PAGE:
Milkshakes Don’t Bring Farage To The Yard

As a campaign bus adorning the colours of the newly formed Brexit Party pulled into Wakefield on Monday, the face of the party and Mr. Brexit himself, Nigel Farage, told reporters that he would be staying on board the bus fearing that if he alighted he ‘would be mobbed within 30 seconds’. With the Brexit Party topping opinion polls ahead of the European elections on the 23rd May, one might reasonably assume Farage was wary of being swamped by celebratory masses, cheering his Messianic return to British politics.

The reality, however, is much different — and much funnier.
​Farage’s decision to stay bus-bound in Wakefield was prompted by his earlier dousing in a banana and salted caramel milkshake by a member of the public. The 32-year old man who threw the drink at Farage nonetheless. the latter was campaigning in Newcastle was subsequently arrested on suspicion of common assault and criminal damage. The man stated: ‘I was quite looking forward to [the milkshake], but I think it went on a better purpose’.

​The incident on Monday is the latest in a string of lactose-based attacks on far-right politicians in the UK. Last week, footage emerged of Tommy Robinson suffering the same milky fate. Robinson (real name Stephen Yaxley-Lennon) has gained a reputation for his uncompromising anti-Islamic views and is standing as an independent candidate in the North-West of England in the upcoming elections. Meanwhile, UKIP candidate Carl Benjamin, who is under investigation for remarks he made about raping Labour MP Jess Phillips, has reportedly suffered the milkshake treatment four times during his campaign. 

​The incident involving Farage has prompted a debate over the direction of political debate. There are many who believe that milkshaking sets a dangerous precedent, stifling political discussion whilst facilitating an increase in more violent methods. In his response to being doused, Farage tweeted that such acts were making campaigning ‘impossible’, acting as an obstacle to ‘civilised democracy’.

​Given these remarks, it is odd therefore that Farage made the Trumpian move of banning Channel 4 from Brexit Party press conferences over the weekend following questioning on Channel 4 News over his expenses and financial relationship to Leave.EU financier, Arron Banks. What is more, despite his apparent desire to participate in a ‘civilised democracy’, Farage was filmed in May 2017 claiming that if Brexit was not delivered he would have to ‘don khaki and pick up a rifle’ — one can only assume to pick off milkshakers, the real enemies of democracy.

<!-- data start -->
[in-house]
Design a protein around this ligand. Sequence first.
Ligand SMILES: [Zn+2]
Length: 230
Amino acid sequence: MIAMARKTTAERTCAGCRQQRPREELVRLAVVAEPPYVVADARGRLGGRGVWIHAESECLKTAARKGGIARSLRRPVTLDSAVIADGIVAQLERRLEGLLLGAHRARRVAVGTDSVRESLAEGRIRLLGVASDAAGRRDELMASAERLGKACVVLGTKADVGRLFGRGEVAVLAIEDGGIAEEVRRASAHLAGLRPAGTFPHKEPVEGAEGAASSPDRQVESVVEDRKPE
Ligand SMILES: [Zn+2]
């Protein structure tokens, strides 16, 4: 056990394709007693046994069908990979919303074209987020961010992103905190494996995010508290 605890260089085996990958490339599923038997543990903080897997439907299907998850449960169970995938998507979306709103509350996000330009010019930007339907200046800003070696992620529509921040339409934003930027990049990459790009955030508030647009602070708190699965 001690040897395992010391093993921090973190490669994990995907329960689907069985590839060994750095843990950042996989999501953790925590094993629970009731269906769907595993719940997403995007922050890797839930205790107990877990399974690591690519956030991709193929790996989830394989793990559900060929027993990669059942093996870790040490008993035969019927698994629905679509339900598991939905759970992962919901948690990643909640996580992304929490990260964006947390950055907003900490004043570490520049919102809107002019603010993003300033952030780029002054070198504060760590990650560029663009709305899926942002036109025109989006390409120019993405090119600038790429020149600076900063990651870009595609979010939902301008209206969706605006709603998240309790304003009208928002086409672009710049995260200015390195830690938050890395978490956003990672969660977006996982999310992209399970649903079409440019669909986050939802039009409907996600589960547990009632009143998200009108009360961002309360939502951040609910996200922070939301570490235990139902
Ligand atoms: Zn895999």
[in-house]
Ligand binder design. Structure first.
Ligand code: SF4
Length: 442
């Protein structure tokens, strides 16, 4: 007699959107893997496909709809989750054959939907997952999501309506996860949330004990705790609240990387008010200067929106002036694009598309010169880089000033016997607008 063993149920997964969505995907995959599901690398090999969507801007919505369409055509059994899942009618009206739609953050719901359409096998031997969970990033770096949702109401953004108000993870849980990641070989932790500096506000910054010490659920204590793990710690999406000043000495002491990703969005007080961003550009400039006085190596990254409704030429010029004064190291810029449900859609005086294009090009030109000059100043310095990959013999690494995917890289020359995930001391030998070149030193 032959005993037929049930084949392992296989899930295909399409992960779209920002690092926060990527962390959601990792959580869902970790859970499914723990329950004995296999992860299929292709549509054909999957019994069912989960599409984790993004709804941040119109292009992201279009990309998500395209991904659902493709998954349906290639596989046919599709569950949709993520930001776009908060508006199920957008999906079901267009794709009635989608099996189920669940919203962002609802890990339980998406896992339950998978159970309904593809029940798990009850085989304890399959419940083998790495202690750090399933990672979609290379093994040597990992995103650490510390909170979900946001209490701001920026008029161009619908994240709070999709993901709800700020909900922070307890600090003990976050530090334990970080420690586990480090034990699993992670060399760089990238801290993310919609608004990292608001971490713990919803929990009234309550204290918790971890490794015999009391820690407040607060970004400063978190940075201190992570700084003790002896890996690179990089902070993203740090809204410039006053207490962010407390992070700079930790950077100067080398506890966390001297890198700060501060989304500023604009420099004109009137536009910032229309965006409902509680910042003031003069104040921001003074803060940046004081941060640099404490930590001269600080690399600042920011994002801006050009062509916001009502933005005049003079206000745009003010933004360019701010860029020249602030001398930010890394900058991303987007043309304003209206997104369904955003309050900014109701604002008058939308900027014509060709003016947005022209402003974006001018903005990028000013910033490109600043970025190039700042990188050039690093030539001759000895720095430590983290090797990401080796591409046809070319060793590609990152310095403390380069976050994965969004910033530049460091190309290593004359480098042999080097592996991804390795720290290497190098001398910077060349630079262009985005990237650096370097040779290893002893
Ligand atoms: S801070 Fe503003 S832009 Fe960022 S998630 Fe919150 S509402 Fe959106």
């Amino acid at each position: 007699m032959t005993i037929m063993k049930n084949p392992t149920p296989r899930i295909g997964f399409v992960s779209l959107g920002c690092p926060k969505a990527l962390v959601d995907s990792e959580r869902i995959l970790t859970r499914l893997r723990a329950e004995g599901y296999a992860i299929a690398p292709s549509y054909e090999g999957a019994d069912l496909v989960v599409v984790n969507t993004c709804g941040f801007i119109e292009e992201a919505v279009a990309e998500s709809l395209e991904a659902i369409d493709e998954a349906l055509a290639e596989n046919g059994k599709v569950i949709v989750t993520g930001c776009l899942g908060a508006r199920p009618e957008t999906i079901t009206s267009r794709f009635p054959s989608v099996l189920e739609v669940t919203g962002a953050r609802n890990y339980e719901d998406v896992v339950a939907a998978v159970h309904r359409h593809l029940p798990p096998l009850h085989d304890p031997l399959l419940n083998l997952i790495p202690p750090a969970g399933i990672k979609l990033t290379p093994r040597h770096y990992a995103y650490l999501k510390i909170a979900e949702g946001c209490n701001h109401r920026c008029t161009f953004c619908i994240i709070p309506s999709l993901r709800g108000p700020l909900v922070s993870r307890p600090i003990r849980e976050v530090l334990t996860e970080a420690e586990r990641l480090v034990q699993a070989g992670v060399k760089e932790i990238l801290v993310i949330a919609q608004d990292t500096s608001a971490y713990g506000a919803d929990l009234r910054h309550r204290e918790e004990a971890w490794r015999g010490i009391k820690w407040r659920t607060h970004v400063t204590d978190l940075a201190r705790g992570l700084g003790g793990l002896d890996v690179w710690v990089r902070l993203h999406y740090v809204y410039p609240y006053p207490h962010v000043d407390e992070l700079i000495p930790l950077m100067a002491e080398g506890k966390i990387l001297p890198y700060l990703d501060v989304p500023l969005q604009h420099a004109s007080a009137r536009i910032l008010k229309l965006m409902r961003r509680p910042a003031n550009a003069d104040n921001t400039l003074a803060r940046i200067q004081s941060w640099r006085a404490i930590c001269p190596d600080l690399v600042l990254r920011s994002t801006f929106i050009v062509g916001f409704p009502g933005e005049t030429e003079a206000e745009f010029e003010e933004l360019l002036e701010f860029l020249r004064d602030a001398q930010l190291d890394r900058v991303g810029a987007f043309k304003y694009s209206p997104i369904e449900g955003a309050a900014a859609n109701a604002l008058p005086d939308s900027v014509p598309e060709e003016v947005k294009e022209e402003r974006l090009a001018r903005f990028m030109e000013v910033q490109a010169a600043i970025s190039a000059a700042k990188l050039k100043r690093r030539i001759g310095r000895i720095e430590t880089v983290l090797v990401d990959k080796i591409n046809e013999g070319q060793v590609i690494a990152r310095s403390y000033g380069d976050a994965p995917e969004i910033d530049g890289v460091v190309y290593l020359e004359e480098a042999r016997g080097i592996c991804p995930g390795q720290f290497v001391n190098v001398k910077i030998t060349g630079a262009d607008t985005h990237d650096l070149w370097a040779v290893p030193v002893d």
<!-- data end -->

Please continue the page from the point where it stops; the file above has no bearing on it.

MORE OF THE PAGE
​In addition, the emergence of milkshaking as a political tool comes amid the publication of a nationwide survey showing that 71% of people from ethnic minorities had reported facing discrimination — a figure up from 58% in 2016 prior to the referendum. The overtly racist, not to mention generally hurtful and sexist rhetoric of figures like Robinson, Benjamin and, more implicitly but equally as damagingly, Farage has a causal relationship to the increase in racial hatred. The political legitimacy that has unduly being conferred onto such figures following the referendum has emboldened a constituency of British citizens to willingly incite racism and help normalise it in the process.

​The next time Farage thinks of bemoaning the ‘impossibility’ of political campaigning as a result of lactose-based drinks, he should reflect on how the politics he propounds facilitate a certain impossibility for almost three-quarters of ethnic minorities in Britain: going through life without abuse because of the colour of their skin.

​In response to the incident, a Downing Street spokesperson affirmed that the Prime Minister ‘has been clear that politicians should be able to go about their work and campaign without harassment, intimidation, or abuse’. Similarly, former Labour prime minister Tony Blair argued that milkshaking is ‘horrible and ridiculous and people shouldn’t do it’. Such remarks are reflective of a mindset that offers protection to politicians with abhorrent views on the basis of the very fact that they are politicians.

​Whilst the milkshakes may not (yet) have committed racial or atrocities on a mass scale, it is worth remembering that Hitler, Mussolini, Franco, Moseley etc. were all at one point regarded as politicians. These comparisons may seem absurd but the real absurdity is the level of protection that figures like Farage receive from establishment figures. History has shown us that the far-right cannot be trusted nor can their prejudice merely be outdebated or appeased — their politics must be challenged and their views squeezed to the very margins of public debate. The status of ‘politician’ should not provide a form of insulation against attempts to expose and condemn intolerable views.

​The rise of the far-right is real and it has to be checked. Milkshake is not an ideal instrument to this end, nor is it sustainable, but it has proved a useful symbol nonetheless. It takes the recent white nationalist symbol of milk and makes it look ridiculous. It publicly humiliates those who represent a politics which is premised on and sustained by the active subjugation and humiliation of those who are more vulnerable.

Anyway, what kind of snowflake gets upset by a bit of milkshake thrown at them?

Image Credit: Sky News